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David Richter, Floris P. de Lange; Attention is a prerequisite for the neural effects of perceptual predictions. Journal of Vision 2019;19(10):170. doi: https://doi.org/10.1167/19.10.170.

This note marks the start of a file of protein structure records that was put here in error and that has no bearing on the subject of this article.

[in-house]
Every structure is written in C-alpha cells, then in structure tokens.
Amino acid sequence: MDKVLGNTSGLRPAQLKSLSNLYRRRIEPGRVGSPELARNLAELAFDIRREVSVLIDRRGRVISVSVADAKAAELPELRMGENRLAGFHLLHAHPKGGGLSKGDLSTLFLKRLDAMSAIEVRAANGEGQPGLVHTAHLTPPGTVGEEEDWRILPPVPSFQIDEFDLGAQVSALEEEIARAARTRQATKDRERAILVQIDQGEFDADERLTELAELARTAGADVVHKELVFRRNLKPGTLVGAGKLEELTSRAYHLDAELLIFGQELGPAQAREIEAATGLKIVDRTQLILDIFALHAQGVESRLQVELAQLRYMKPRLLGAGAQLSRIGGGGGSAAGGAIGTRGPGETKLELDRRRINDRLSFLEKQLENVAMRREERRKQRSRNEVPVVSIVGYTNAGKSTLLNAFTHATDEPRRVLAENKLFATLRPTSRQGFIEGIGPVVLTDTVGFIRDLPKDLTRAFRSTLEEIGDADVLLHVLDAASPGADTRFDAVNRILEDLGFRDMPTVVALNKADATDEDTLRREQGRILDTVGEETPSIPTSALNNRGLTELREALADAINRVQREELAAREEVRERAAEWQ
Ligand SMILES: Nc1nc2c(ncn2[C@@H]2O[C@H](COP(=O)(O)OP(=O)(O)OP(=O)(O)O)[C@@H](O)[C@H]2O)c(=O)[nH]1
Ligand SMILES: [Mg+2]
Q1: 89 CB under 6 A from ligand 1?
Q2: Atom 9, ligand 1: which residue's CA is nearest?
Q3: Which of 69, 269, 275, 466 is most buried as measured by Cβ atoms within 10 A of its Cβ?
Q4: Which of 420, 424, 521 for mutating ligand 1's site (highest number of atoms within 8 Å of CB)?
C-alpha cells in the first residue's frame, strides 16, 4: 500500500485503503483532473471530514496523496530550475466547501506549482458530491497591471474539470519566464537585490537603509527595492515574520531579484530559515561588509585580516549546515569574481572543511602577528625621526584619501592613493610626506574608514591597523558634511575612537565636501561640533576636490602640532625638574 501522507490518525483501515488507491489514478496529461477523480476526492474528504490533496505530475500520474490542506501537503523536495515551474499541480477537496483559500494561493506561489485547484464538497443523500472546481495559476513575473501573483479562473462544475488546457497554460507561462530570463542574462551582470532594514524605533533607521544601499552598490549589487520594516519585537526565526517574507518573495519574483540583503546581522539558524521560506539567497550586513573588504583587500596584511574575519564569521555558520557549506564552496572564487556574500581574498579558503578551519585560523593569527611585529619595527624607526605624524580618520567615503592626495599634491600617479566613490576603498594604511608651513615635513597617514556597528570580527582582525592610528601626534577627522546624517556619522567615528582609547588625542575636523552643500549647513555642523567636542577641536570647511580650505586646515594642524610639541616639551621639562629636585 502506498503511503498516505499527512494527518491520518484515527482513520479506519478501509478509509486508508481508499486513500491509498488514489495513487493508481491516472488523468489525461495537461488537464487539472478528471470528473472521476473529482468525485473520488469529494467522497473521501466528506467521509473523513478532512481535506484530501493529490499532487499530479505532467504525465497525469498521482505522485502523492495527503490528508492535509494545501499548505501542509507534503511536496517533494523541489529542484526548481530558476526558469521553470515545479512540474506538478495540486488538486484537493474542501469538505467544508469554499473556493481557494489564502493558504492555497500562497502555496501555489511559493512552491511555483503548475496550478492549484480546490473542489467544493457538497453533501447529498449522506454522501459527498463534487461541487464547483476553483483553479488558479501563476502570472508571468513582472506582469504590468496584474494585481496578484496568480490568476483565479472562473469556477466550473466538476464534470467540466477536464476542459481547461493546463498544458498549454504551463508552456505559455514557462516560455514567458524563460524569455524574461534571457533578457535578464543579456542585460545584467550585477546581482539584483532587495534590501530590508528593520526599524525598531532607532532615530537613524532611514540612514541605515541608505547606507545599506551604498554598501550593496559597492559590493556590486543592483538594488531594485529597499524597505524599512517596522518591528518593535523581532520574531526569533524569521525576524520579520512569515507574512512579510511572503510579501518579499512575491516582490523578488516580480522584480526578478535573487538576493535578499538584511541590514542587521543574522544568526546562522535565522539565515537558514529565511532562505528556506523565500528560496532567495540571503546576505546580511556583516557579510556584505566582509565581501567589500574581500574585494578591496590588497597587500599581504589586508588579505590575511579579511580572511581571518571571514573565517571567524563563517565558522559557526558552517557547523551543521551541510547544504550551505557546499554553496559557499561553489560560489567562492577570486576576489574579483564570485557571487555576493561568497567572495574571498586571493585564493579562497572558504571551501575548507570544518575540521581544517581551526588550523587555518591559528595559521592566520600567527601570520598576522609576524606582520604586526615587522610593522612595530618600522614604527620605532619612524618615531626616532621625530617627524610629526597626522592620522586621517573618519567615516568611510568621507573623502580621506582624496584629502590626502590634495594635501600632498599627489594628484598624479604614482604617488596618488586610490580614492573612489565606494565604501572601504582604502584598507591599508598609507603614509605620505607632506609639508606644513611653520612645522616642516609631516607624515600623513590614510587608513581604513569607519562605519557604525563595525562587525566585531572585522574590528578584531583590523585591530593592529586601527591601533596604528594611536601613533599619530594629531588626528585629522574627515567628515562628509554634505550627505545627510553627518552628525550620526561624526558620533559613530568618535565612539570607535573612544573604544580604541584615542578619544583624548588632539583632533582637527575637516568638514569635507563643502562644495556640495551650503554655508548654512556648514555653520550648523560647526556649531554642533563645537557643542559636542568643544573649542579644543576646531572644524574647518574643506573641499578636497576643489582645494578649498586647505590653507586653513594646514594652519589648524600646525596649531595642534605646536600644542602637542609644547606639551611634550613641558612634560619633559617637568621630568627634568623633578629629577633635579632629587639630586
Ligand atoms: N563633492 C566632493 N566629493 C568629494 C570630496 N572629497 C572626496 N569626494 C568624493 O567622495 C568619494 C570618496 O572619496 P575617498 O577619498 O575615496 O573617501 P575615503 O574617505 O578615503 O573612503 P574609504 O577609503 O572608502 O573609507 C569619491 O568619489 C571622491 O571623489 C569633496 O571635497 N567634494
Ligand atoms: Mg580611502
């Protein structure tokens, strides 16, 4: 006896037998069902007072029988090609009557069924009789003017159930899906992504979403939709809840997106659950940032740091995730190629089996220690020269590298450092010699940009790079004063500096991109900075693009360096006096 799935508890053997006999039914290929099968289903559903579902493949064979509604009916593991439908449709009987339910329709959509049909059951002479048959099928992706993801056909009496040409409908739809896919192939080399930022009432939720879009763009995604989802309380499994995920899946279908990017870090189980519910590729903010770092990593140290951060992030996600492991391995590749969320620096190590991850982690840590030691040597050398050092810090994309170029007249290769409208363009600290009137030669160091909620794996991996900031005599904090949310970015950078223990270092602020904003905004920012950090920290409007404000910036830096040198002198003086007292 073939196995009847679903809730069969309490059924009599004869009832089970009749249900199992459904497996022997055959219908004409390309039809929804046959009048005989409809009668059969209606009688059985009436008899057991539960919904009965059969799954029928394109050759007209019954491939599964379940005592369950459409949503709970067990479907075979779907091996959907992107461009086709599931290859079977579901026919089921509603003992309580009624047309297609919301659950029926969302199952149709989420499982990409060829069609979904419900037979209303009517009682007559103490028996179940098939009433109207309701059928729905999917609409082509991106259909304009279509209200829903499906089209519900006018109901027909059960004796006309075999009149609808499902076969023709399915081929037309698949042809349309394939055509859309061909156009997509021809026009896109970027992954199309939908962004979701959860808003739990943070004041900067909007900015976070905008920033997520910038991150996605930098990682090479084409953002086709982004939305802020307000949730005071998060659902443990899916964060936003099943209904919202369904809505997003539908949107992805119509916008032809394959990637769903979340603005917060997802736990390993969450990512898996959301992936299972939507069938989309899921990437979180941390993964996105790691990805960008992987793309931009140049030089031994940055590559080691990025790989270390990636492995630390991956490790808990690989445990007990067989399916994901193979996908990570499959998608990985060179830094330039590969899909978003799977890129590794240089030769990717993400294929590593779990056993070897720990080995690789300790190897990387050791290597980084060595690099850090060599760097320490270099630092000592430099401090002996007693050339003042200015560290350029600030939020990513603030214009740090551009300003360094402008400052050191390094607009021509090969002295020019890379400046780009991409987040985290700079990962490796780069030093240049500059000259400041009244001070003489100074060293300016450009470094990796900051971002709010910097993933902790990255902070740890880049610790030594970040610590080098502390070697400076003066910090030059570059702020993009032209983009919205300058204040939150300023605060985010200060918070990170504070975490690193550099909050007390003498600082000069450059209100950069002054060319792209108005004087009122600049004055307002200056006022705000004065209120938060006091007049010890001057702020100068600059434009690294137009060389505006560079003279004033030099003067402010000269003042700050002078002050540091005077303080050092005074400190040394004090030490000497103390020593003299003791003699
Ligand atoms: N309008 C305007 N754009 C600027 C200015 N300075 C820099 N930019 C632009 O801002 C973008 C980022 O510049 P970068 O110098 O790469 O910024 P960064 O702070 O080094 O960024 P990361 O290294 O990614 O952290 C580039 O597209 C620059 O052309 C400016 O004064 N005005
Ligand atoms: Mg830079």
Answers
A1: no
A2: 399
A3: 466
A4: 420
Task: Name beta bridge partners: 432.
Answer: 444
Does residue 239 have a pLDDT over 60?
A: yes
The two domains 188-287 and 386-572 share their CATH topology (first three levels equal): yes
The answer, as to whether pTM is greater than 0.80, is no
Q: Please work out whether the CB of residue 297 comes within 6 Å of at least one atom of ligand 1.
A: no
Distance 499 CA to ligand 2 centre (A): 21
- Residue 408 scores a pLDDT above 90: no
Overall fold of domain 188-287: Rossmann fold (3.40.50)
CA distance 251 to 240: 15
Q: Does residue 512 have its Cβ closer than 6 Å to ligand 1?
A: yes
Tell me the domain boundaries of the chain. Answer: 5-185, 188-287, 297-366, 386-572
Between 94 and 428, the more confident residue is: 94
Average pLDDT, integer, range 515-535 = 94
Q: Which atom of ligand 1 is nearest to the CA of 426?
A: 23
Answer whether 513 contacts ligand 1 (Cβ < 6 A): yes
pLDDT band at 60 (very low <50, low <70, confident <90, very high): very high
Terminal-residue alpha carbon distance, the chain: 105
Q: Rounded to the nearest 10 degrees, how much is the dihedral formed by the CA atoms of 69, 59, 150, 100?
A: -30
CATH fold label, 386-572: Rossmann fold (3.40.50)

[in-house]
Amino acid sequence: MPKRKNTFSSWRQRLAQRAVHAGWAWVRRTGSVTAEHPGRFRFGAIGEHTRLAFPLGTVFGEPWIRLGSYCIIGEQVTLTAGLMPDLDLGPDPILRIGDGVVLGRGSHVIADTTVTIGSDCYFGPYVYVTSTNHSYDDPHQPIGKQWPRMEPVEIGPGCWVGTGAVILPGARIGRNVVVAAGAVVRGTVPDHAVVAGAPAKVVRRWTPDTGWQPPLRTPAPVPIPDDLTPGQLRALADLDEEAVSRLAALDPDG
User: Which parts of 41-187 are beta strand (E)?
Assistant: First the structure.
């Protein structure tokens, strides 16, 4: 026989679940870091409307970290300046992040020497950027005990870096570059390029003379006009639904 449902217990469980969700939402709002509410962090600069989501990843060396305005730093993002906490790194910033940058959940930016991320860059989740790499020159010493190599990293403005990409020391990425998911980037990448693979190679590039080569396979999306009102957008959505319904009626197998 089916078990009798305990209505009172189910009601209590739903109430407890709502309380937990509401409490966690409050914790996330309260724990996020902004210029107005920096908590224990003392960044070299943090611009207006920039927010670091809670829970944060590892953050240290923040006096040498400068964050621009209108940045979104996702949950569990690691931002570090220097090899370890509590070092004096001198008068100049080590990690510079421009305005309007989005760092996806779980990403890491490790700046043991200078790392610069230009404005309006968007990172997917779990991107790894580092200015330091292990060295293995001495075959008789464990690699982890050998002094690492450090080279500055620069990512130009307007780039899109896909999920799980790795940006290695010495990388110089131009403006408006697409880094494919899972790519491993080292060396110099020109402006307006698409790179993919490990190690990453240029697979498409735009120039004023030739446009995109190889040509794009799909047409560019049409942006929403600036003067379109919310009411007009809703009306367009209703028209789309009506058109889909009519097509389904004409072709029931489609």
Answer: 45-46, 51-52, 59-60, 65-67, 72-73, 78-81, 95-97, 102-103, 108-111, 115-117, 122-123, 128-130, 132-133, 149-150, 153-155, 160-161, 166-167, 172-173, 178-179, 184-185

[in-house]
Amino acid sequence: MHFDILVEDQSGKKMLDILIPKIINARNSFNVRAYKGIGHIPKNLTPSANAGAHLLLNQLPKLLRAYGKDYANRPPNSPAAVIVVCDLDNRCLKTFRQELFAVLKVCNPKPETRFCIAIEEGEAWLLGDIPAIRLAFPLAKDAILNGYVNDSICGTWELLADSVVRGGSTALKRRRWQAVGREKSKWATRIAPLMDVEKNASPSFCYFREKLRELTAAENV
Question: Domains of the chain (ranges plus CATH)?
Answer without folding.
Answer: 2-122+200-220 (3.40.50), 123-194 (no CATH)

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Perception is often guided by predictions that we derive from previous experience. However, the automaticity of these perceptual predictions remains a topic of discussion. We and others have previously shown that neural responses to expected compared to unexpected object stimuli are suppressed throughout several cortical areas, including major parts of the ventral visual stream. In the current study, we examined whether these effects require attention to the predictable stimuli. Using fMRI in a sample (n=34) of healthy volunteers, we find that attention to the object stimuli is a prerequisite for the suppression of neural responses by expectation. Moreover, we show that while attention to the object stimulus is required for expectation suppression, the predictive relationship itself does not need to be task-relevant or attended. Our results indicate that predictions derived from previous experience do not always impact sensory processing, but rather emerge selectively when the predictable stimuli are attended.
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